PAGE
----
After the Broncos' record $4.65 billion sale to the Walton-Penner family, one of Denver's AFC West rivals, the Chargers, could be next on the list of NFL franchises to be sold. That's mostly because of a longstanding legal dispute that continued this week, when the sister of current Chargers owner Dean Spanos filed a lawsuit accusing her brother of "misogynistic" and "financially ruinous" business practices, arguing that the Spanos family has no choice but to sell the team in order to pay off its debts.

Dea Spanos Berberian filed the suit Thursday in San Joaquin County Superior Court, as ESPN reported, seeking sole control of the Spanos Family Trust that constitutes more than one-third of the Chargers' ownership. (Late billionaire Alex Spanos purchased the team in 1984, and his four children, including Dean and Dea, each own 15 percent of the club, while the family trust owns 36 percent.) Berberian, therefore, is looking to control a total of 51 percent of the team, making her majority owner.

Her lawsuit also requests the court suspend and remove Dean Spanos as a co-trustee, accusing both he and brother Michael, the team's vice chairman, of operating "out of their deeply held misogynistic attitudes and sense of entitlement as the men in the family." The Spanos brothers, her lawsuit argues, "believe to their cores that, regardless of what their parents intended and their wills specified, men are in charge and women should shut up."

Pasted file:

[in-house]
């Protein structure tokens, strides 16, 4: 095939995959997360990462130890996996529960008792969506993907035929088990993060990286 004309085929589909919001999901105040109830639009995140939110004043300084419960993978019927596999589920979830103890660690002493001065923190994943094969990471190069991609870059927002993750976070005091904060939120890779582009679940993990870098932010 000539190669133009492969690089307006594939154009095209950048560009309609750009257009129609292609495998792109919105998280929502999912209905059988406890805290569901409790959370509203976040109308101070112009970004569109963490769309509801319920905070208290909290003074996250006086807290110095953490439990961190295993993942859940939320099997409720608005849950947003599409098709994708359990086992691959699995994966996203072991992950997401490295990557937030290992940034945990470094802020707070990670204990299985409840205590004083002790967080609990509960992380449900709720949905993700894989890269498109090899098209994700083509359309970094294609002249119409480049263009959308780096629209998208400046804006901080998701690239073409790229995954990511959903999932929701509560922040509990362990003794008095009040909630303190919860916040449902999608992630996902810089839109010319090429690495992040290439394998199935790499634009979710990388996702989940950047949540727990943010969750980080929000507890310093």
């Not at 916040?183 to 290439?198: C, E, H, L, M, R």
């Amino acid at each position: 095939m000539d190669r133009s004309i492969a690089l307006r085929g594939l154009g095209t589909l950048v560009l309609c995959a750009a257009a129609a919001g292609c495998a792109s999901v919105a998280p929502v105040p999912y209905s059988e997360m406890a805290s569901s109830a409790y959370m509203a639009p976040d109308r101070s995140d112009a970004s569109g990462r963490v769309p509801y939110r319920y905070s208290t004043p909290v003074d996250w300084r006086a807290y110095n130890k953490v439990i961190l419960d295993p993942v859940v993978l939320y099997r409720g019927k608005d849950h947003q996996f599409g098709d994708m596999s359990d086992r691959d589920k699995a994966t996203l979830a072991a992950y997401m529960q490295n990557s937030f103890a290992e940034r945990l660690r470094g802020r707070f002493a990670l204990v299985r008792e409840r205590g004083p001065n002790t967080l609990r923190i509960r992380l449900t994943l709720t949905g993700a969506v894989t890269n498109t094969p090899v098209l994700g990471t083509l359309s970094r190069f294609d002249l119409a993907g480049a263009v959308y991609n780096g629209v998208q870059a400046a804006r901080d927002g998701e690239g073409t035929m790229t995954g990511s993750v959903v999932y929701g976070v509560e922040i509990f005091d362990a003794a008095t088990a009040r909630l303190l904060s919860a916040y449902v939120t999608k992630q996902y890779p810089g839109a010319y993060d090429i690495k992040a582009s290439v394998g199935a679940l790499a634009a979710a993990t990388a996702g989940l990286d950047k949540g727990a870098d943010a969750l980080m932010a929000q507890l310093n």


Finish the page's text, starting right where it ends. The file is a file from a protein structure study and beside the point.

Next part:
The families of Dean, Michael and Alexis Spanos Ruhl have since rebutted Berberian's claims in a statement issued to CBS Sports via Mark Fabiani, special counsel for the Chargers: "It is unfortunate that our sister Dea, who clearly has no interest in continuing to participate in the family's businesses, has resorted to leveling false and provocative charges in an attempt to impose her will on the rest of the family. The three of us and our children, representing more than 75 percent of the family and its ownership of its businesses, stand united in support of our parents' and grandparents' wishes, including as to the continued ownership and operation of the Chargers."

Alexis, Dean's other sister, has also pushed back against Berberian's allegations: "The statements made in today's court filing about my brother Dean Spanos are outrageously untrue," she wrote. "Throughout this entire ordeal that was instigated without justification by my sister Dea Berberian, my brother Dean has been unfailingly respectful of me and of my wishes. And he has been fighting, along with my brother Michael and me, to fulfill the wishes of our mother, Faye, relating to our family and our businesses. To characterize Dean as somehow being less than fully respectful of the women in our family is just not right."

Berberian claims that Dean's decision to relocate the Chargers from San Diego back to Los Angeles in 2017 has put the trust more than $358 million in debt. She also alleges that Dean diverted $105 million from the trust to various debts, claiming he manipulated the trust to borrow over $60 million "for the wasteful purchase" of a private plane "that has no legitimate business justification." She is represented by Adam Streisand, the same attorney who helped Jeanie Buss take control of the Los Angeles Lakers in the NBA.

Dean Spanos, for what it's worth, has long insisted he will never sell the Chargers. But Berberian, who runs the family trust with her brother as co-trustee, has been angling for more control inside the franchise since at least last year. In March 2021, she filed a petition to Los Angeles Superior Court asking the franchise be sold due to mounting trust debts. Berberian's sons, Dimitri and Lex Economou, also previously filed a lawsuit against Dean Spanos, alleging that he secretly diverted money from the trust.